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When Lucinda Holloway Met J.W. Booth, April 1865

by Sara Kay Rupnik

The Holloway sisters observed the man calling himself James Boyd as they might a work of art. He lay under the apple tree with his black hat angled over his pale face. His dark moustache rose above his straight white teeth.
“A handsome man,” offered Cecelia, the married sister and mother of three sons.
Lucinda, the spinster schoolmarm, was less generous. “One might say so.”

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Immersed in the Gorge

by Penny Garnsworthy

I often visit a special place not far from my home. Here I am revived, here I can observe, and here my soul feeds on nature in all its forms. I feel privileged to be able to call this place my own: Cataract Gorge in Launceston, Tasmania.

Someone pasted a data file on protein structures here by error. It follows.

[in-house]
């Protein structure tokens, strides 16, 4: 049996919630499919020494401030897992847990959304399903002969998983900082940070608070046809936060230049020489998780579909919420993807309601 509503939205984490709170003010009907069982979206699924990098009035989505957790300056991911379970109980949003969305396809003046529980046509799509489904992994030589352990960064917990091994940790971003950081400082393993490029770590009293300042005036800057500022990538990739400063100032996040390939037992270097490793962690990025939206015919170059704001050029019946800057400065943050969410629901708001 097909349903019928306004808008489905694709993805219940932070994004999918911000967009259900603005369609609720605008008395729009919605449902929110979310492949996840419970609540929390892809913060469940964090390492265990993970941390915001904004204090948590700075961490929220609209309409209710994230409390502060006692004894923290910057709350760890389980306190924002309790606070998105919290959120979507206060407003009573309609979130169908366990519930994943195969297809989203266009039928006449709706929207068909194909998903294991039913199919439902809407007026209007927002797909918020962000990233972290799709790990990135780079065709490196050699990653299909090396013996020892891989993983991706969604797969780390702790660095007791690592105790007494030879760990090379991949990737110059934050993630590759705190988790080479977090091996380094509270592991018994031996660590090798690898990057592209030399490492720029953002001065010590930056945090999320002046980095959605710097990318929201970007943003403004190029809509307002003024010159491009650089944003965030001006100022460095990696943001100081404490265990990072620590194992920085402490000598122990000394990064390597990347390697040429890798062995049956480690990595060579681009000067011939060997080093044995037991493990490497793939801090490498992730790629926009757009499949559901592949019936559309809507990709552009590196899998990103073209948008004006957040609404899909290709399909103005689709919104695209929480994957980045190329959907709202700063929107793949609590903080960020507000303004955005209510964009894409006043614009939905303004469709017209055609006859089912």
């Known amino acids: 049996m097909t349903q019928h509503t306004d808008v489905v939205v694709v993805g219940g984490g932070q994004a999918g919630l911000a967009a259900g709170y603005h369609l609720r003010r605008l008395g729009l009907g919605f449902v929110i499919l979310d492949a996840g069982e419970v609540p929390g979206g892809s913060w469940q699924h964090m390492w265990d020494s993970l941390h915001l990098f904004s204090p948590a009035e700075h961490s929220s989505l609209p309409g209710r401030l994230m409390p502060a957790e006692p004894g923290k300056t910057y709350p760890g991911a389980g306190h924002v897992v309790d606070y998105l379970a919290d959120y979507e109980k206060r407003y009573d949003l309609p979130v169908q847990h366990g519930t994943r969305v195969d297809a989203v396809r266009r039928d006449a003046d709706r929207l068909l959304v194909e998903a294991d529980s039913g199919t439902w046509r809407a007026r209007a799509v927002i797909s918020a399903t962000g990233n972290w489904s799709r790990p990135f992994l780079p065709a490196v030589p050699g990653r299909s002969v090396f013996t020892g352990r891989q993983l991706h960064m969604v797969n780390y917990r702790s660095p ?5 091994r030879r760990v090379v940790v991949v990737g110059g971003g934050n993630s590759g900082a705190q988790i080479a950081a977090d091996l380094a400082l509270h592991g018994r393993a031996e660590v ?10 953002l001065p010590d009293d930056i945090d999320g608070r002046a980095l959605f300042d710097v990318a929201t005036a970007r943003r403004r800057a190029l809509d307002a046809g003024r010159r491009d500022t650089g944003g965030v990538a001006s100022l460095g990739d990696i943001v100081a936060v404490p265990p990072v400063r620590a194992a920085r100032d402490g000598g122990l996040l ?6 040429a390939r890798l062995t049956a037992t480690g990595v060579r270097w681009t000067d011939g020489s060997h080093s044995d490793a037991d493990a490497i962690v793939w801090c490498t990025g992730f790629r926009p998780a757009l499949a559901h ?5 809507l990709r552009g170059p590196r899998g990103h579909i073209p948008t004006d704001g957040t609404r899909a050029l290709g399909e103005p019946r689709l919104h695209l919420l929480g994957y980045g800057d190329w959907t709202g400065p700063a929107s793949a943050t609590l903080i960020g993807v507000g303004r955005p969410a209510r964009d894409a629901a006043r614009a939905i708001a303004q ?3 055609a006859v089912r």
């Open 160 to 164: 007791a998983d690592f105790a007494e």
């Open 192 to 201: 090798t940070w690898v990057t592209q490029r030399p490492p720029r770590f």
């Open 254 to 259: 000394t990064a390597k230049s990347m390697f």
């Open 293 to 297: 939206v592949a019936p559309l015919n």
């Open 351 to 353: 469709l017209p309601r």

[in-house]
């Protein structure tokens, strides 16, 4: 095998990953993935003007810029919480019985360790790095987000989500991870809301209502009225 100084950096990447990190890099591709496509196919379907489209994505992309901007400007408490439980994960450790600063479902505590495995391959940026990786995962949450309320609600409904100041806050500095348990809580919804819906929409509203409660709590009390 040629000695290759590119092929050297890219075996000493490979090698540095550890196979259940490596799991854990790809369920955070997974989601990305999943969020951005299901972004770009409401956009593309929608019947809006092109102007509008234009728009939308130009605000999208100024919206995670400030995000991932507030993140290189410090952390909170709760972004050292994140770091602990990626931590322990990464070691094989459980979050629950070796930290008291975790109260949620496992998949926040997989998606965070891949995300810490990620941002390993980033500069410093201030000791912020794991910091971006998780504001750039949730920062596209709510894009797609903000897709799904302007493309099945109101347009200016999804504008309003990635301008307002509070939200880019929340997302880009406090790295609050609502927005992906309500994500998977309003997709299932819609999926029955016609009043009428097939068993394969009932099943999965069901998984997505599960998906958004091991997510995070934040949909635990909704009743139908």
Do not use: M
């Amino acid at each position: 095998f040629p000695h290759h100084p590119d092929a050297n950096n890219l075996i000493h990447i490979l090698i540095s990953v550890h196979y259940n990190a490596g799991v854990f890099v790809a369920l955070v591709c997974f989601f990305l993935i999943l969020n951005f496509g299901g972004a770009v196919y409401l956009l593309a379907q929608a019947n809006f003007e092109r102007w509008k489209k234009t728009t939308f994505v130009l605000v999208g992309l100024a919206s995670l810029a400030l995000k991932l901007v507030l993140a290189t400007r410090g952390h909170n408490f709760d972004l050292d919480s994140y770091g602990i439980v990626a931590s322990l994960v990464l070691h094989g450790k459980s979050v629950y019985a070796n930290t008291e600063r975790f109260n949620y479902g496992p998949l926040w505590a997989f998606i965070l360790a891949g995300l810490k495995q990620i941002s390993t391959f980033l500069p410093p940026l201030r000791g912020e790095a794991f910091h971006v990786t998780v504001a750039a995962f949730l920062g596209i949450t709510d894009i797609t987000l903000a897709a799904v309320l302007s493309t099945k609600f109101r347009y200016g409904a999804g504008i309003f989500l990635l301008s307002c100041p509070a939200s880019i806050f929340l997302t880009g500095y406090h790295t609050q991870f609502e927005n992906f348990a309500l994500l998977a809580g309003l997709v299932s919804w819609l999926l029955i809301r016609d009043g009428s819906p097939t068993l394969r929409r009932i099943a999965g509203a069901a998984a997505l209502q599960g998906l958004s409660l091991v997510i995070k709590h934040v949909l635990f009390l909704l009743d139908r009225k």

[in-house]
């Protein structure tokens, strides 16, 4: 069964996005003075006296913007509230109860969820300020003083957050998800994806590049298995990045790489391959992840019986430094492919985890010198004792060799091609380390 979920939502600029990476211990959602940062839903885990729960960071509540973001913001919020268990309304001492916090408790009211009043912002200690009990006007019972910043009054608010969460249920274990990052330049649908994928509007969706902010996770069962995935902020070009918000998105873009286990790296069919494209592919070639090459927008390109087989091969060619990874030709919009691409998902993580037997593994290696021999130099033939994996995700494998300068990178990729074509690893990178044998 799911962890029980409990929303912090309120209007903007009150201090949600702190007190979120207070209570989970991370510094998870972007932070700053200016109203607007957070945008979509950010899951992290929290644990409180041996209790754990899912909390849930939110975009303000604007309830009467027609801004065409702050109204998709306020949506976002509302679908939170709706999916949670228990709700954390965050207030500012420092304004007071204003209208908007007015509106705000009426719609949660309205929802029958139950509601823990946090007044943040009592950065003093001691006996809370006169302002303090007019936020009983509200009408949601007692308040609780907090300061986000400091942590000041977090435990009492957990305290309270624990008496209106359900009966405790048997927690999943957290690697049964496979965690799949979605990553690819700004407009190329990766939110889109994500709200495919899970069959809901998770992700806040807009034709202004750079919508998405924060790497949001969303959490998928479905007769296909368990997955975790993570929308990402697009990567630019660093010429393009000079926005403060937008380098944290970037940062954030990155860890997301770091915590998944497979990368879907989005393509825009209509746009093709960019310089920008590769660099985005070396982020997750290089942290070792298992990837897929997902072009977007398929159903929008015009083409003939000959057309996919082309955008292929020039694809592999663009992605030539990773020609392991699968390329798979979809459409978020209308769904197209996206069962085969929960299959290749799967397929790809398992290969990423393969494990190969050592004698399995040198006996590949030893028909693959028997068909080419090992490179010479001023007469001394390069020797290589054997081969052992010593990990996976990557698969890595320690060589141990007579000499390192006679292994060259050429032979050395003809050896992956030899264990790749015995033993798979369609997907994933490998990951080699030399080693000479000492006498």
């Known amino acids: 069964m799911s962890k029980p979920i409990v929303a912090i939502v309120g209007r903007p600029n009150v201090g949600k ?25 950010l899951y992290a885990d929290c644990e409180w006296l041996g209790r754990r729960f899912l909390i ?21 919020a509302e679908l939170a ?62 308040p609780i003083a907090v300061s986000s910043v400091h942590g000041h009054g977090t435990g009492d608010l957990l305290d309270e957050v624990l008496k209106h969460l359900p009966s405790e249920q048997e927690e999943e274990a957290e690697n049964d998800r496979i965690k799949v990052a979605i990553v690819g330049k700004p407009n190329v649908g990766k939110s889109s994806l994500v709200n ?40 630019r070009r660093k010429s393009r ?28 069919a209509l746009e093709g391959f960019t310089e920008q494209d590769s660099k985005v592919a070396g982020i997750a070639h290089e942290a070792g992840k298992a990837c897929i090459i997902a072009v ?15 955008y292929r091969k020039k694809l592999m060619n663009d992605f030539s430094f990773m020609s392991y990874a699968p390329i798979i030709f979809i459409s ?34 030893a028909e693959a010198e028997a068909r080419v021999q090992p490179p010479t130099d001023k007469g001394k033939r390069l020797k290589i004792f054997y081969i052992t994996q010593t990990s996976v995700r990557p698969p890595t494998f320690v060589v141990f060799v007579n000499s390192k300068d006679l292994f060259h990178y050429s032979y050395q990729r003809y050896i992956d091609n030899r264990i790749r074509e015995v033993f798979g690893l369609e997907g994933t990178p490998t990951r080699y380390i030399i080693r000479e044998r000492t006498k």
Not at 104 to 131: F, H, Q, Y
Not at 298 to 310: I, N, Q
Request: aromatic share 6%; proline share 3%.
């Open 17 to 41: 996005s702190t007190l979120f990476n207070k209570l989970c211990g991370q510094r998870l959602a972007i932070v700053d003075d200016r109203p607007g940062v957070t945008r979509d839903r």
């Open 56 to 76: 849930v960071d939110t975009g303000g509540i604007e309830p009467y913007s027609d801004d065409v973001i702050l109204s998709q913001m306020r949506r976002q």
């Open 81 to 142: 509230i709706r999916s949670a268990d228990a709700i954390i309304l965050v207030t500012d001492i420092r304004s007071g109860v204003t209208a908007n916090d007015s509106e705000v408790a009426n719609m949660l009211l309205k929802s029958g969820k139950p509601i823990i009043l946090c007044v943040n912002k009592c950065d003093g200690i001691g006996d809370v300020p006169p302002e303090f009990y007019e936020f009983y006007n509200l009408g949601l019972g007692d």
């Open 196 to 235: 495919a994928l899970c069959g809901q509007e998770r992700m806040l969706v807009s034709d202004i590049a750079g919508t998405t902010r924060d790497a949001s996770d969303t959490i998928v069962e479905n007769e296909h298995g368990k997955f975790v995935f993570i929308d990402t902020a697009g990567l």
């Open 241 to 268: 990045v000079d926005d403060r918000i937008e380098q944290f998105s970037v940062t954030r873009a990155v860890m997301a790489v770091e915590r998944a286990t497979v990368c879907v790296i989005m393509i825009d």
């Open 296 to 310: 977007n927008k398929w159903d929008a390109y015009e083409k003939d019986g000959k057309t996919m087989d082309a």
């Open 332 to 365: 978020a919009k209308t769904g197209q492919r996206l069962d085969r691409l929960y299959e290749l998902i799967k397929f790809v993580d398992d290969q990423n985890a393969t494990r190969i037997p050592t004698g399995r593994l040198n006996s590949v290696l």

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A Left Turn

by J. Jacqueline McLean

Eleven years later, it is still haunting. The nagging headache is how it started. I stopped kidding myself a year ago. My brain will never return to the zoom, zoom fourteen-year-old who delighted at, “Mom, the paper boy, no, girl, is here.”

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A Celebration of Life

by Dan Popoff

The only thing my mind can focus on standing out here at this cemetery in the middle of July in Charlotte, North Carolina, is that it is flipping hot. It has to be a hundred degrees. A myth I always hear—funeral directors get used to the heat—false.

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